Posted by: Harold Knight | 04/16/2011

. . .cliffs of fall/Frightful, sheer, no-man-fathomed

The Windhover

The Windhover

That no one can know how it feels to be someone else is a commonplace unnerving enough to send me searching for the solitude desert cave—I have several favorites—the Mojave, remote canyons near Abiquiu, NM, the Jordan Valley on the Palestinian side of the river. When I need to sit with the reality that I’m alone—totally, completely, irrevocably alone—on this planet, in spite of sharing it with six billion other human beings, I remember one of those places.

Gerard Manley Hopkins’ (1844–1889) in one of his Terrible Sonnets says  one’s mind—mind, singular—“has mountains; cliffs of fall/Frightful, sheer, no-man-fathomed ,” frightful, sheer cliffs that no one other than one’s self can fathom. One who has never experienced the loneliness of hanging on the cliffs of her mind will hold the experience “cheap,” and will fail to understand that especially in death we are alone.

O the mind, mind has mountains; cliffs of fall 
Frightful, sheer, no-man-fathomed. Hold them cheap
May who ne’er hung there. Nor does long our small
Durance deal with that steep or deep. Here! creep,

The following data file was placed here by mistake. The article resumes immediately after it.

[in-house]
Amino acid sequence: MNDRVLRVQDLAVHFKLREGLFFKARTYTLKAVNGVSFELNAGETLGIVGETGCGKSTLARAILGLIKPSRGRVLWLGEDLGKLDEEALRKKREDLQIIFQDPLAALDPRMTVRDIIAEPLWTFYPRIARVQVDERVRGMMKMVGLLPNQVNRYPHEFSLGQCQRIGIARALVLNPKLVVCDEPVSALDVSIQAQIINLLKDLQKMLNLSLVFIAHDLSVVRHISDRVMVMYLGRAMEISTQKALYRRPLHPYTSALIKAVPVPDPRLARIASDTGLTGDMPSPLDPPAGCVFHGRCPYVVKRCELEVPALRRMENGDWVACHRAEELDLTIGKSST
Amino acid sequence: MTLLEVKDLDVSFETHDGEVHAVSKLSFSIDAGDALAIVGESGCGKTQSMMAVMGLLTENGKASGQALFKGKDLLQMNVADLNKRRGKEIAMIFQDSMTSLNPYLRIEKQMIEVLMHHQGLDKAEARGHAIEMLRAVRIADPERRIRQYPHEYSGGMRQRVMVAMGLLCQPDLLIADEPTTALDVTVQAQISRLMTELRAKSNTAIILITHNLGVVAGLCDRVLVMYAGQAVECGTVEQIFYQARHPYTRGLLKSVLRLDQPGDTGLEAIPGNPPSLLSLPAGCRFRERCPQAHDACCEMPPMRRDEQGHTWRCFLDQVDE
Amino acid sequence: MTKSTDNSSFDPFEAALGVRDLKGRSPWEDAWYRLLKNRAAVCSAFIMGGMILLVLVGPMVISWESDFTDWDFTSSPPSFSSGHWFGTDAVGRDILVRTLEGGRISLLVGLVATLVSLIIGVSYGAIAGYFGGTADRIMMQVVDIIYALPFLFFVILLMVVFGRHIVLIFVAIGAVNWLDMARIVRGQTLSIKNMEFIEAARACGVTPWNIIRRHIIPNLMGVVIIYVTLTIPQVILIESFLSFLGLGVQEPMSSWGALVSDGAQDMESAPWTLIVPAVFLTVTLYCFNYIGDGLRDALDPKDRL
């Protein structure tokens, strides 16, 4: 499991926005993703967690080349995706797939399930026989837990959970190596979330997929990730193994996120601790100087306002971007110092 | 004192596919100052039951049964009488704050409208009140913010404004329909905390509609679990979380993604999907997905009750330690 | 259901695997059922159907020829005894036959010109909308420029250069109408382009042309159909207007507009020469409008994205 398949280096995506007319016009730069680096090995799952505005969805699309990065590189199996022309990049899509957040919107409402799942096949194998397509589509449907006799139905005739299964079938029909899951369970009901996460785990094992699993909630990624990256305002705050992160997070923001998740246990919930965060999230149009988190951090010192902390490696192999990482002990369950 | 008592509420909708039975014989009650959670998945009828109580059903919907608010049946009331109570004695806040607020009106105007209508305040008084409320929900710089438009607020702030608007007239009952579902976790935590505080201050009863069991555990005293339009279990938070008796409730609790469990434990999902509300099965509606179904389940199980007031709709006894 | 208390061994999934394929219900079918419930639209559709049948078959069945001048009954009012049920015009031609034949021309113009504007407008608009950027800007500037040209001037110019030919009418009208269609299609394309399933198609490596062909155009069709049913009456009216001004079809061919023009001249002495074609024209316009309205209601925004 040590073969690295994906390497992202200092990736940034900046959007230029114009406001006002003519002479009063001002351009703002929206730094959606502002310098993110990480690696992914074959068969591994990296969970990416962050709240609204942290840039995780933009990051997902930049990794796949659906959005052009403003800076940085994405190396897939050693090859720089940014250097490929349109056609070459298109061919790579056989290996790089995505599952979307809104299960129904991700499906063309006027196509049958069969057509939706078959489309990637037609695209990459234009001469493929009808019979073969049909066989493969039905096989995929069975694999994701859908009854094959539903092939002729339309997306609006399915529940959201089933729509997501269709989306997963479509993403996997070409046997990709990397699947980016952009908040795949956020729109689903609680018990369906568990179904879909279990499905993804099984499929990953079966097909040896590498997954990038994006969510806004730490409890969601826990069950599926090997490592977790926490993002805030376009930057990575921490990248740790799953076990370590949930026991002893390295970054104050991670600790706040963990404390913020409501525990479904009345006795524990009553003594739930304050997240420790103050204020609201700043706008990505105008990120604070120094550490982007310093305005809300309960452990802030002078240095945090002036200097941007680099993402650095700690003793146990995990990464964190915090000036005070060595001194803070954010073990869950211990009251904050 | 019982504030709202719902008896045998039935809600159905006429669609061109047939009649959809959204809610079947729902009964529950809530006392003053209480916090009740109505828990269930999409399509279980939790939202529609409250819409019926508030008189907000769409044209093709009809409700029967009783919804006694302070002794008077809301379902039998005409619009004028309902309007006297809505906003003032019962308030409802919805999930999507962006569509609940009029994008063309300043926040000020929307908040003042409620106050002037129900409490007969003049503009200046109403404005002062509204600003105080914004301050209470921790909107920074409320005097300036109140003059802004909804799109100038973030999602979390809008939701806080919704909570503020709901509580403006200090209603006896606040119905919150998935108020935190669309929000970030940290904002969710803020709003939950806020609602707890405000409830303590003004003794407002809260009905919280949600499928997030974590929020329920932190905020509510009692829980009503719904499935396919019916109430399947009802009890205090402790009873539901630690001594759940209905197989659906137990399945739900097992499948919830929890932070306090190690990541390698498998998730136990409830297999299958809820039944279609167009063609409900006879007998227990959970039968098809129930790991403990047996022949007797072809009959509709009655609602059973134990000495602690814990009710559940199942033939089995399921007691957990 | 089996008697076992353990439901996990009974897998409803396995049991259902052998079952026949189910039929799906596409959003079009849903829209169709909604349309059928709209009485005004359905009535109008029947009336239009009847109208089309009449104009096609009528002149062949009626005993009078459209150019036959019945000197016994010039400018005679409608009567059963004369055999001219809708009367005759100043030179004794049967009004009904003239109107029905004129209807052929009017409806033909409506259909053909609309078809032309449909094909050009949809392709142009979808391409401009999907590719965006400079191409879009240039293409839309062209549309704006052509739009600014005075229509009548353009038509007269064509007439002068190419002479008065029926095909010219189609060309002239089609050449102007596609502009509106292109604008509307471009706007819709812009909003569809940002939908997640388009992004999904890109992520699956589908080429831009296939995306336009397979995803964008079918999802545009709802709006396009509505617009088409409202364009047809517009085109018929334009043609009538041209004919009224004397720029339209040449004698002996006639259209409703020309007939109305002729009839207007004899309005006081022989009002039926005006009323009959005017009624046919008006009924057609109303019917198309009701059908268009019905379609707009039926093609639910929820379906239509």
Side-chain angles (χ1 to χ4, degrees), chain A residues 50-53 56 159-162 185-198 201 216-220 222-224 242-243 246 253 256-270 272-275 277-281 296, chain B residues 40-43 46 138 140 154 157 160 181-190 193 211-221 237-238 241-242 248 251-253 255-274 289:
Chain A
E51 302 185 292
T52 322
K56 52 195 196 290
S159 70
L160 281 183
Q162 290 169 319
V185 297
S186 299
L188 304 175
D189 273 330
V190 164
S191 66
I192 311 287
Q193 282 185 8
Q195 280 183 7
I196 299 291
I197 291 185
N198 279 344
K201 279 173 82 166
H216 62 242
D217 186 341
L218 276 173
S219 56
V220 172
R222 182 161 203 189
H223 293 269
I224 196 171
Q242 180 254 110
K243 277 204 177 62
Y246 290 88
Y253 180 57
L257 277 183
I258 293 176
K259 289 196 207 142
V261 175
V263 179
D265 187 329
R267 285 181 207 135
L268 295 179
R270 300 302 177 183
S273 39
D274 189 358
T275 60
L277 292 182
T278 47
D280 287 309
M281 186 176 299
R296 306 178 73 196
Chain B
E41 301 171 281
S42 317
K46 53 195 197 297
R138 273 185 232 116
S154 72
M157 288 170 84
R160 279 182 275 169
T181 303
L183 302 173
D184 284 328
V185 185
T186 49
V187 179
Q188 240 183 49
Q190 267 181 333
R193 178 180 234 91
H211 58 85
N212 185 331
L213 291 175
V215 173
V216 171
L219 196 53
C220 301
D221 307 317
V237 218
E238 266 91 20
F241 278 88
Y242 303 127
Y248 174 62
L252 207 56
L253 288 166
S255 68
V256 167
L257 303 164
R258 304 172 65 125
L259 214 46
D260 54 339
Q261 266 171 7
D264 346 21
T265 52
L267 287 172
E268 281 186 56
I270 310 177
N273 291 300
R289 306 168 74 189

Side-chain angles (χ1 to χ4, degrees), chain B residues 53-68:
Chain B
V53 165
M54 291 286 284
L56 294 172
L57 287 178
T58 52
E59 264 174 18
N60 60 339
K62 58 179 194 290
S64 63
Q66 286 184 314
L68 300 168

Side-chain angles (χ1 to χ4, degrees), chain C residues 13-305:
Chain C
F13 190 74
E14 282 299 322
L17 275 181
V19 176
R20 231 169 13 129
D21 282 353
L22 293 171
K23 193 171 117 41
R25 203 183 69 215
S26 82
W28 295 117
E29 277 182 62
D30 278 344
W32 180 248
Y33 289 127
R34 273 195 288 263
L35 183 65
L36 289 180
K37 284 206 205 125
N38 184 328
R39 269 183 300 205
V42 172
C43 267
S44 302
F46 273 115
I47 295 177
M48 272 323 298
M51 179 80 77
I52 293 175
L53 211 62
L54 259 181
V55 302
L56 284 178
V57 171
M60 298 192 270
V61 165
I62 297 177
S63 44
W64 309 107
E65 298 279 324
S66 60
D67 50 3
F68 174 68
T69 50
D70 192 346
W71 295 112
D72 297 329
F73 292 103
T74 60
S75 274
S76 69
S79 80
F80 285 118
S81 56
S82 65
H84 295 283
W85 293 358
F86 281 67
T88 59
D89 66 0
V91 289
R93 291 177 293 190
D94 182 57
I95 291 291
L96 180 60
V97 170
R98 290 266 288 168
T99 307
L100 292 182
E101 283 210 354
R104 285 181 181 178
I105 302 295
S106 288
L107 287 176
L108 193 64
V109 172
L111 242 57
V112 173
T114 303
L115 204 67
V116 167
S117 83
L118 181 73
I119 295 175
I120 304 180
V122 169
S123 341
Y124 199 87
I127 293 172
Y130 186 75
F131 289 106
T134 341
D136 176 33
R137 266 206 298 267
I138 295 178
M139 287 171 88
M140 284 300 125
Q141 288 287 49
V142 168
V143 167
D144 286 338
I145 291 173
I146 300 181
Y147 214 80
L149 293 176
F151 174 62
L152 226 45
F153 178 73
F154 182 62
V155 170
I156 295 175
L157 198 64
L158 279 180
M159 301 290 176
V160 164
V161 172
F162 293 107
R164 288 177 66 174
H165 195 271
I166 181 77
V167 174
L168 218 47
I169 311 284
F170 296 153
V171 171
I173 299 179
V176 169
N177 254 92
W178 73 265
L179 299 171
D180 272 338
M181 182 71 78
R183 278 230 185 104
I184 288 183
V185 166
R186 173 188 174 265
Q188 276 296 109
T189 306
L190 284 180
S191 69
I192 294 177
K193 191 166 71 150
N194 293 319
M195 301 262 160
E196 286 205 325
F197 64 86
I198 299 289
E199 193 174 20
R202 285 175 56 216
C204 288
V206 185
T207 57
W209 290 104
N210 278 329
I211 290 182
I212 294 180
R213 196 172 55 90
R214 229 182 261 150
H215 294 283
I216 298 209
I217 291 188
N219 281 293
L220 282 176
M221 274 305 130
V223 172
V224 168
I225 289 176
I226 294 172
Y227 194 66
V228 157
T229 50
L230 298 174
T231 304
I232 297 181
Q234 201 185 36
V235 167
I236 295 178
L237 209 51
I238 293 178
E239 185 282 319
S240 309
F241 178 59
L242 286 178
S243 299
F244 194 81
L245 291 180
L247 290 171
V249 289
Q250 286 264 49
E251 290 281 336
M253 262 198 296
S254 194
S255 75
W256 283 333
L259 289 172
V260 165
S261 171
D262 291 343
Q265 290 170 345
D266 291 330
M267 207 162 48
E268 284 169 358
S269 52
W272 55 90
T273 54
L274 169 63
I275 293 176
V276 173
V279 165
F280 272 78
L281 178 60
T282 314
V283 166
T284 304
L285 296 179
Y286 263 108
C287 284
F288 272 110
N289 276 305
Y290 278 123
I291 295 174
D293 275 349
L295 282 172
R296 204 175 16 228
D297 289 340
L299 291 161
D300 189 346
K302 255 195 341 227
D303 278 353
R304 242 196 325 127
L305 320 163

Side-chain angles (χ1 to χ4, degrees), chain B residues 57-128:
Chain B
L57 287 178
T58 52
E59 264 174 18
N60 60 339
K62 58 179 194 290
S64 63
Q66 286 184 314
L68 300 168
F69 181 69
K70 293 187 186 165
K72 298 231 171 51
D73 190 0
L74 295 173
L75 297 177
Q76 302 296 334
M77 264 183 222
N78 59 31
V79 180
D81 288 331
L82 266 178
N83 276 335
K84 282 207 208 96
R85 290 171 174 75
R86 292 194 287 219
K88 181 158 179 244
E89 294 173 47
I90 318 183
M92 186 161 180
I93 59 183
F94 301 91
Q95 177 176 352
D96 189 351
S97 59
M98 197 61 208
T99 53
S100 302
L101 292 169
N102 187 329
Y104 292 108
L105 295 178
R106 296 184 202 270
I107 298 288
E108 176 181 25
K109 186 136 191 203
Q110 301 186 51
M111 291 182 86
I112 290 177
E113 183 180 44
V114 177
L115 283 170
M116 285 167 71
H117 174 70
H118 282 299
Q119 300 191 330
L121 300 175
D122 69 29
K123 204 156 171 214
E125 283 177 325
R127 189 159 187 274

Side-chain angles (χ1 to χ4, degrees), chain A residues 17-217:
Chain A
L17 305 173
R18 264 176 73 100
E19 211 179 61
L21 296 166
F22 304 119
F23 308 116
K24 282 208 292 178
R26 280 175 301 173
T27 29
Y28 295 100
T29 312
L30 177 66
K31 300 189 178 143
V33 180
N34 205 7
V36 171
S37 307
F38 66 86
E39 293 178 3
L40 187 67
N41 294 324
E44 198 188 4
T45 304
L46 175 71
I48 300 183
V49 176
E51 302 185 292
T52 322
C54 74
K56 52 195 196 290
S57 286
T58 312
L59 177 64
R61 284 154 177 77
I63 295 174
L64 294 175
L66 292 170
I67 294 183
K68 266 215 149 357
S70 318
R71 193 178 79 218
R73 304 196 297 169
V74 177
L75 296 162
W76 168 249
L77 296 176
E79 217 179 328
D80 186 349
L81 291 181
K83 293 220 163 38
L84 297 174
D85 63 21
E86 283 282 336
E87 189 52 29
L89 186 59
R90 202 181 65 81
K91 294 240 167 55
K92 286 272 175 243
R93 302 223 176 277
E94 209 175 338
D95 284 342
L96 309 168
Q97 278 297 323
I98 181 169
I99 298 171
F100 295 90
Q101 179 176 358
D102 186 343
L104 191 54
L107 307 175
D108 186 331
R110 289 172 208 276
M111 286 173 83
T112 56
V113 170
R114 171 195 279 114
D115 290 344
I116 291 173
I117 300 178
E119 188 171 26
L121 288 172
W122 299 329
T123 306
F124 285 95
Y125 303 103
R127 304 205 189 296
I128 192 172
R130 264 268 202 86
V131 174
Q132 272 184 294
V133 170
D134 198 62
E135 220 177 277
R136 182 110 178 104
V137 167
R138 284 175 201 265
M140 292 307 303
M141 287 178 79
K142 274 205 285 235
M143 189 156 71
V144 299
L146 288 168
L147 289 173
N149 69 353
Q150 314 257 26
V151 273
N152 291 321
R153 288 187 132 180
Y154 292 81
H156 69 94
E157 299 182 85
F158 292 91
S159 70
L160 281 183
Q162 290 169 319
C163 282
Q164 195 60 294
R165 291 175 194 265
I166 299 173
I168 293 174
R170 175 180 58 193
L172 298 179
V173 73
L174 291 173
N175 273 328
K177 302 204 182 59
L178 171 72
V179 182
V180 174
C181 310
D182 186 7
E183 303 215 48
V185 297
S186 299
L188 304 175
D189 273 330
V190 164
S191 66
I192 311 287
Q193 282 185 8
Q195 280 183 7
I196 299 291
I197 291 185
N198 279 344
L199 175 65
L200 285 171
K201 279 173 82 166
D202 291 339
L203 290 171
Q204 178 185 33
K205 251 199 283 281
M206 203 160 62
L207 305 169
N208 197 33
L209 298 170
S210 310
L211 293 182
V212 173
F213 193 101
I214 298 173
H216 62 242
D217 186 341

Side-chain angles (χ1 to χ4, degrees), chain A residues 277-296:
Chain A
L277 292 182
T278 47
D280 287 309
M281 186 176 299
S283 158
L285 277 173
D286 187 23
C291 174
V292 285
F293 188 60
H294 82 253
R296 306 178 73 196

Wretch, under a comfort serves in a whirlwind: all
Life death does end and each day dies with sleep [1].

I was climbing around the frightful, sheer, no-one-else-fathomed cliffs of my mind earlier today thinking about a friend who died a year ago. She asked that I read a Hopkins poem, “The Windhover,” at her memorial. Thinking about Anne led me to read Hopkins poetry and Robert Greenberg’s article on Hopkins I found last year to prepare for reading “The Windhover.” Hopkins’ poetry is not instantly transparent.

Hopkins was acutely aware, Greenberg says, that “when I compare myself, my being-myself, with anything else whatever, all things alike, all in the same degree, rebuff me with blank unlikeness” [2]. This unlikeness means one’s  own existence bears no resemblance to anyone else’s, and we are each “incommunicable by any means to another man (as when I was a child I used to ask myself, What must it be to be someone else)” [3]. Hopkins asserts that even God cannot “taste this taste of self as I taste it, for it is not to him that the guilt or shame, the fatal consequence, the fate, comes home.” If God is unable to know me, says Hopkins, God is unable to know anyone else, and “God cannot serve as the bridge between Hopkins and other men, ‘the means of communicating what is individual in me to them nor in them to me’” [4].

Anne traversed the incommunicable unlikeness between herself and others farther than almost anyone else I have ever known. She had deep and abiding friendships with many people. I am not alone in having had with her a kind of soul-kindredness in which we communicated at a level that almost made language unnecessary—except, of course, it was our language play that established our friendship in the first place. “All Life death does end and each day dies with sleep.” I grieve the loss of my friend Anne who taught me to love poetry.